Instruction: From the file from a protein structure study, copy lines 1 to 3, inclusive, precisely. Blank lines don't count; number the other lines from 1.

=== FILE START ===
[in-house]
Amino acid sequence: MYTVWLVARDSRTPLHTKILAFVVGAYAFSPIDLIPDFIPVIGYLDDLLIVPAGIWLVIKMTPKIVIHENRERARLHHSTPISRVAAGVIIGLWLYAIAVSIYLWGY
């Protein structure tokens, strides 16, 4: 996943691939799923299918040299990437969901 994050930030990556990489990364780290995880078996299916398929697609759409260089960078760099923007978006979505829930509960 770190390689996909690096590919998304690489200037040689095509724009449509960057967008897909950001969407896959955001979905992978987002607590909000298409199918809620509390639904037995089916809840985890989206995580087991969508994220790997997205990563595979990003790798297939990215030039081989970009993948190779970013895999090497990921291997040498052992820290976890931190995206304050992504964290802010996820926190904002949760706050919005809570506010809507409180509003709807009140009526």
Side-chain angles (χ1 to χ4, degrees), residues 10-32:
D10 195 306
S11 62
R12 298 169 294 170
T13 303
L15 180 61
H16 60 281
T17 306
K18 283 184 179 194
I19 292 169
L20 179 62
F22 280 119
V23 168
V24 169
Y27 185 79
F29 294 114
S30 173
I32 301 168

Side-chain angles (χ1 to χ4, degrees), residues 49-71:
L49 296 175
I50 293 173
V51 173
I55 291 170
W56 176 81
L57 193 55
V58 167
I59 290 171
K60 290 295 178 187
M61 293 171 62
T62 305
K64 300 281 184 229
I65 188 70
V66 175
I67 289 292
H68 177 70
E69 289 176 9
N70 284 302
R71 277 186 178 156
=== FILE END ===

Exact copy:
[in-house]
Amino acid sequence: MYTVWLVARDSRTPLHTKILAFVVGAYAFSPIDLIPDFIPVIGYLDDLLIVPAGIWLVIKMTPKIVIHENRERARLHHSTPISRVAAGVIIGLWLYAIAVSIYLWGY
């Protein structure tokens, strides 16, 4: 996943691939799923299918040299990437969901 994050930030990556990489990364780290995880078996299916398929697609759409260089960078760099923007978006979505829930509960 770190390689996909690096590919998304690489200037040689095509724009449509960057967008897909950001969407896959955001979905992978987002607590909000298409199918809620509390639904037995089916809840985890989206995580087991969508994220790997997205990563595979990003790798297939990215030039081989970009993948190779970013895999090497990921291997040498052992820290976890931190995206304050992504964290802010996820926190904002949760706050919005809570506010809507409180509003709807009140009526």